Alice in Wonderland syndrome (AiWS), also known as Todd's syndrome or dysmetropsia, is a disorienting neuropsychological condition that affects perception. People may experience distortions in visual perception such as micropsia (objects appearing small), macropsia (objects appearing large), pelopsia (objects appearing to be closer than they are), or teleopsia (objects appearing to be further away than they are). Size distortion may occur in other sensory modalities as well.
Alice in Wonderland Syndrome (AWS) is typically reported in neurological and psychiatric disorders.
Entezami et al. from the Department of Neurosurgery, Albany Medical College, present a patient who developed symptoms of AWS post-operatively.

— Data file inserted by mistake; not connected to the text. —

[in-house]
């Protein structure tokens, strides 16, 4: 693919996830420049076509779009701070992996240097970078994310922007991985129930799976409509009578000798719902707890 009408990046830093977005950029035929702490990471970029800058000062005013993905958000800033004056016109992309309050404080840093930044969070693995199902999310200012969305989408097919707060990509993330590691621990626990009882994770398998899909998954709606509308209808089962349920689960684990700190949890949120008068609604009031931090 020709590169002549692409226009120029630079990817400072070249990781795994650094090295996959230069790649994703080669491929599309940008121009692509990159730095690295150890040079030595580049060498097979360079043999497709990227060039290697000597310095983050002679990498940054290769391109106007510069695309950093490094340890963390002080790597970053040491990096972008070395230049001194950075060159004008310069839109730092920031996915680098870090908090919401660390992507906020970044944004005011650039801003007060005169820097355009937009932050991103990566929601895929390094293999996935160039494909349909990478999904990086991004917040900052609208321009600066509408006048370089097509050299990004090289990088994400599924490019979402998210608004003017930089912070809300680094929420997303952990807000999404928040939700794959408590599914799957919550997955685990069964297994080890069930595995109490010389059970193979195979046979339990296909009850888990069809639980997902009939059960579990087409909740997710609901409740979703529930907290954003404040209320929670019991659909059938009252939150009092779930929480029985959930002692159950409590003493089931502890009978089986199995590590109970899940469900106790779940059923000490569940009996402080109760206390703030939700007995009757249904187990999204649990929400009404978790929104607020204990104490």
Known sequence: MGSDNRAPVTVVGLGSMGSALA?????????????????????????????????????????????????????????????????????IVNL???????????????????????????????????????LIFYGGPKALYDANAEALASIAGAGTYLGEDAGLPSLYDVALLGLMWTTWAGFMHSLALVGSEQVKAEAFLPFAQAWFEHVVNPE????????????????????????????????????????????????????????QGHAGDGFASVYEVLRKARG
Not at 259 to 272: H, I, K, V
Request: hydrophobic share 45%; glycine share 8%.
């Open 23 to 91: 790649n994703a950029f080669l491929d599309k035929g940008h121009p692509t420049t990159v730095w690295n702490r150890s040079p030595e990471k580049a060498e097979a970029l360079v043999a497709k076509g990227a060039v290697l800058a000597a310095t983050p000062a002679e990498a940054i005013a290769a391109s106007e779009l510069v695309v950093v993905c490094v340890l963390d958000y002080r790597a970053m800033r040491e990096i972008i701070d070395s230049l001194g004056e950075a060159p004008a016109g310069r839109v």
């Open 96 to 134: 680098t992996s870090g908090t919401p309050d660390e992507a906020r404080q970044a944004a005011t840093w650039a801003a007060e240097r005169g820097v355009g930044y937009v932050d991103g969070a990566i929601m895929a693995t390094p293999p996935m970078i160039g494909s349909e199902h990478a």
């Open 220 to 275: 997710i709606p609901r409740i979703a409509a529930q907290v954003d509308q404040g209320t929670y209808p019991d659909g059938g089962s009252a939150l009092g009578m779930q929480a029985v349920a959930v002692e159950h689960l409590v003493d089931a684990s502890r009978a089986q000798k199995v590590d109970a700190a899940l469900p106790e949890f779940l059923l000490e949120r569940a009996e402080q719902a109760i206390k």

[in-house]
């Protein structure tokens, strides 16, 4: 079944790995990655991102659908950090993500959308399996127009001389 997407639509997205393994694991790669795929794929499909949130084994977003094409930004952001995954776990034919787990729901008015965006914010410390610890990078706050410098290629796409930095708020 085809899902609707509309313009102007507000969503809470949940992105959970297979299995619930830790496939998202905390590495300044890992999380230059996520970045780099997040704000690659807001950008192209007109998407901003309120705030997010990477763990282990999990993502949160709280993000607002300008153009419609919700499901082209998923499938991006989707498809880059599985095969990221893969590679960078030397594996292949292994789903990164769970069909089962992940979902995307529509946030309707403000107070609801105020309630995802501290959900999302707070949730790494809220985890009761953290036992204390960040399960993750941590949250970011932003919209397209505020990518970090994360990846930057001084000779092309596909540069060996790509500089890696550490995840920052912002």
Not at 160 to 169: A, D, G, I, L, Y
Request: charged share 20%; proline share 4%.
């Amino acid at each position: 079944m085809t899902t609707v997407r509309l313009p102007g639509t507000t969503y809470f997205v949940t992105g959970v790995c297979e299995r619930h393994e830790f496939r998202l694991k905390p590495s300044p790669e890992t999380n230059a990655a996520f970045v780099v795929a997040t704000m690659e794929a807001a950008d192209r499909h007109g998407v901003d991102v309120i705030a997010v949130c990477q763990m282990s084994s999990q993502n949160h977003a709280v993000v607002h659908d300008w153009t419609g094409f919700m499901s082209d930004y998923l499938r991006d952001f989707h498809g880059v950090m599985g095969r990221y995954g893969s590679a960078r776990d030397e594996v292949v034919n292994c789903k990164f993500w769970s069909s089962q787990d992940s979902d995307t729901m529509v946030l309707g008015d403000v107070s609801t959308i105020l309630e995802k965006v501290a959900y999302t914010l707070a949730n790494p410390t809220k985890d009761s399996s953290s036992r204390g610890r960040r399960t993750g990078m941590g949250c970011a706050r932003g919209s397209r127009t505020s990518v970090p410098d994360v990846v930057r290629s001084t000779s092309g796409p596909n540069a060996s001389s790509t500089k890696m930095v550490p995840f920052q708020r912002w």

A 48-year-old male presented in shunt failure, attributed to a proximal catheter occlusion. Operative revision with replacement of the proximal catheter was performed without incident. Post-operatively he complained of visual disturbances, including the perception that people had small heads on little bodies. Symptoms resolved post-operatively.
The patient's symptoms were diagnosed as a transient episode of AWS. This was attributed to manipulation of the parieto-occipital cortex during the revision. The local inflammatory response from manipulation of that area is thought to have caused our patient's symptoms.